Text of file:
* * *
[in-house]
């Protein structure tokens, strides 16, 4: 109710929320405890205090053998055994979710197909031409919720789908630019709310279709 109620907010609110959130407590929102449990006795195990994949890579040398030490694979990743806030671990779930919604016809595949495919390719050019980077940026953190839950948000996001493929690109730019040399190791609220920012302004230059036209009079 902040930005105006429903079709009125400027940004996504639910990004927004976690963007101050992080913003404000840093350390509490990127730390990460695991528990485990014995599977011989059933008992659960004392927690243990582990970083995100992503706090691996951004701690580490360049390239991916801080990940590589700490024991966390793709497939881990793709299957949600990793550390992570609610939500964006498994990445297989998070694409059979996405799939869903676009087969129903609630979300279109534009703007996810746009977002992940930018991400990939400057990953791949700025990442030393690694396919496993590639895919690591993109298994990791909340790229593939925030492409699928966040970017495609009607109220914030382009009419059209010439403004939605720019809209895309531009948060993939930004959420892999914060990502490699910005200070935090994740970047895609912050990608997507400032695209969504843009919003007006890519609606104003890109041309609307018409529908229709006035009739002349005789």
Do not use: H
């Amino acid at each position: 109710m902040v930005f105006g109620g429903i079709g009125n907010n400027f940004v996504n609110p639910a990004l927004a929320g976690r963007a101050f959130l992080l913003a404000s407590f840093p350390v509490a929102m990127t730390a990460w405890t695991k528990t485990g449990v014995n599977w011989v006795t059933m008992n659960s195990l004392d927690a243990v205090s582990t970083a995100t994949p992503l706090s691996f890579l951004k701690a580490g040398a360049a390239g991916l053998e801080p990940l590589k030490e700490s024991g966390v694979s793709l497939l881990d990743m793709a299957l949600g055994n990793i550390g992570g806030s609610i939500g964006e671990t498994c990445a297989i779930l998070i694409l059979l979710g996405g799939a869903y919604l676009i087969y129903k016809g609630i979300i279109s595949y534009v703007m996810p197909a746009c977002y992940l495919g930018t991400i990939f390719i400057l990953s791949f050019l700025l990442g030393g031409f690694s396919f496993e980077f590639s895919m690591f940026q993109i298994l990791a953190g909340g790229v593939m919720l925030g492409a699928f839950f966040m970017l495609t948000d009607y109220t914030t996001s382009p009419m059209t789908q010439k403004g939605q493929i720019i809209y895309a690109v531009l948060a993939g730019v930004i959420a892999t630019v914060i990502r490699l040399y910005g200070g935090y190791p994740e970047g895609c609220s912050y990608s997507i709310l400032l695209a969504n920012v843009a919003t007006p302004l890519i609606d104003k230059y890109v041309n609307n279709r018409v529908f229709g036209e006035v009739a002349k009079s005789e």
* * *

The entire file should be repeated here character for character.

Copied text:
[in-house]
């Protein structure tokens, strides 16, 4: 109710929320405890205090053998055994979710197909031409919720789908630019709310279709 109620907010609110959130407590929102449990006795195990994949890579040398030490694979990743806030671990779930919604016809595949495919390719050019980077940026953190839950948000996001493929690109730019040399190791609220920012302004230059036209009079 902040930005105006429903079709009125400027940004996504639910990004927004976690963007101050992080913003404000840093350390509490990127730390990460695991528990485990014995599977011989059933008992659960004392927690243990582990970083995100992503706090691996951004701690580490360049390239991916801080990940590589700490024991966390793709497939881990793709299957949600990793550390992570609610939500964006498994990445297989998070694409059979996405799939869903676009087969129903609630979300279109534009703007996810746009977002992940930018991400990939400057990953791949700025990442030393690694396919496993590639895919690591993109298994990791909340790229593939925030492409699928966040970017495609009607109220914030382009009419059209010439403004939605720019809209895309531009948060993939930004959420892999914060990502490699910005200070935090994740970047895609912050990608997507400032695209969504843009919003007006890519609606104003890109041309609307018409529908229709006035009739002349005789």
Do not use: H
């Amino acid at each position: 109710m902040v930005f105006g109620g429903i079709g009125n907010n400027f940004v996504n609110p639910a990004l927004a929320g976690r963007a101050f959130l992080l913003a404000s407590f840093p350390v509490a929102m990127t730390a990460w405890t695991k528990t485990g449990v014995n599977w011989v006795t059933m008992n659960s195990l004392d927690a243990v205090s582990t970083a995100t994949p992503l706090s691996f890579l951004k701690a580490g040398a360049a390239g991916l053998e801080p990940l590589k030490e700490s024991g966390v694979s793709l497939l881990d990743m793709a299957l949600g055994n990793i550390g992570g806030s609610i939500g964006e671990t498994c990445a297989i779930l998070i694409l059979l979710g996405g799939a869903y919604l676009i087969y129903k016809g609630i979300i279109s595949y534009v703007m996810p197909a746009c977002y992940l495919g930018t991400i990939f390719i400057l990953s791949f050019l700025l990442g030393g031409f690694s396919f496993e980077f590639s895919m690591f940026q993109i298994l990791a953190g909340g790229v593939m919720l925030g492409a699928f839950f966040m970017l495609t948000d009607y109220t914030t996001s382009p009419m059209t789908q010439k403004g939605q493929i720019i809209y895309a690109v531009l948060a993939g730019v930004i959420a892999t630019v914060i990502r490699l040399y910005g200070g935090y190791p994740e970047g895609c609220s912050y990608s997507i709310l400032l695209a969504n920012v843009a919003t007006p302004l890519i609606d104003k230059y890109v041309n609307n279709r018409v529908f229709g036209e006035v009739a002349k009079s005789e």